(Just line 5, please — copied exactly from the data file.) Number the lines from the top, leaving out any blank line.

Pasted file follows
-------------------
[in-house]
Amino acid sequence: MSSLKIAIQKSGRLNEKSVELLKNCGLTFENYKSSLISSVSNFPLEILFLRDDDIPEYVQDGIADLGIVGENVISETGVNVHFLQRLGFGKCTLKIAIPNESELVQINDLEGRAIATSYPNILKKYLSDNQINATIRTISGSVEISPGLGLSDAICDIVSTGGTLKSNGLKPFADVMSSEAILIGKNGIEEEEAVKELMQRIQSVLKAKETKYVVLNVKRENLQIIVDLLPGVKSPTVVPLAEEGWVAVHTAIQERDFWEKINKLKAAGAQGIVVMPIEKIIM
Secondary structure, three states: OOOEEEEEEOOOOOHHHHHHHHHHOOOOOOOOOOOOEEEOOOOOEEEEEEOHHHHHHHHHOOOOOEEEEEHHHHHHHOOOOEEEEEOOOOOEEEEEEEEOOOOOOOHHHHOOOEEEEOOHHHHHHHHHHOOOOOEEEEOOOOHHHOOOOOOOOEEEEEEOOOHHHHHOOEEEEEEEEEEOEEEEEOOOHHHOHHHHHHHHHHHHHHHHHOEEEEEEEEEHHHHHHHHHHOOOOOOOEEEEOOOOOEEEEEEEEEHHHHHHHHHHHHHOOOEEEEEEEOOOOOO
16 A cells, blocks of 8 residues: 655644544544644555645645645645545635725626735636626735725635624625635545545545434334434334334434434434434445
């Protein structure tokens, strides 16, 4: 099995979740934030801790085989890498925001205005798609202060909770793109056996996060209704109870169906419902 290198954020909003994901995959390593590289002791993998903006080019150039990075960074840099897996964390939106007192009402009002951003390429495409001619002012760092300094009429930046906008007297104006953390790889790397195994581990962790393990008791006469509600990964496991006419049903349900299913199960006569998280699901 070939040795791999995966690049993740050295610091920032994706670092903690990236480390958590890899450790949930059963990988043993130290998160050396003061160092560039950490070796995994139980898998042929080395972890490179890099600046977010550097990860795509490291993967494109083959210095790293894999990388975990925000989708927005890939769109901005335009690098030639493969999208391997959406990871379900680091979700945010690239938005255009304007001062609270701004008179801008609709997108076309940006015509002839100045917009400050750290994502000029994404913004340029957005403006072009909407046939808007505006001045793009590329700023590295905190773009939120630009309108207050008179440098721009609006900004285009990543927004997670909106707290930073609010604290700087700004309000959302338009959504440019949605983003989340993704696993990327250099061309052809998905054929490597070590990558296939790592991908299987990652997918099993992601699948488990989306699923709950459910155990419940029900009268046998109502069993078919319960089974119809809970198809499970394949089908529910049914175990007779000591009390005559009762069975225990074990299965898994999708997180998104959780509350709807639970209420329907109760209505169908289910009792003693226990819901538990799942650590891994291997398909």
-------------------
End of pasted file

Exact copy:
């Protein structure tokens, strides 16, 4: 099995979740934030801790085989890498925001205005798609202060909770793109056996996060209704109870169906419902 290198954020909003994901995959390593590289002791993998903006080019150039990075960074840099897996964390939106007192009402009002951003390429495409001619002012760092300094009429930046906008007297104006953390790889790397195994581990962790393990008791006469509600990964496991006419049903349900299913199960006569998280699901 070939040795791999995966690049993740050295610091920032994706670092903690990236480390958590890899450790949930059963990988043993130290998160050396003061160092560039950490070796995994139980898998042929080395972890490179890099600046977010550097990860795509490291993967494109083959210095790293894999990388975990925000989708927005890939769109901005335009690098030639493969999208391997959406990871379900680091979700945010690239938005255009304007001062609270701004008179801008609709997108076309940006015509002839100045917009400050750290994502000029994404913004340029957005403006072009909407046939808007505006001045793009590329700023590295905190773009939120630009309108207050008179440098721009609006900004285009990543927004997670909106707290930073609010604290700087700004309000959302338009959504440019949605983003989340993704696993990327250099061309052809998905054929490597070590990558296939790592991908299987990652997918099993992601699948488990989306699923709950459910155990419940029900009268046998109502069993078919319960089974119809809970198809499970394949089908529910049914175990007779000591009390005559009762069975225990074990299965898994999708997180998104959780509350709807639970209420329907109760209505169908289910009792003693226990819901538990799942650590891994291997398909």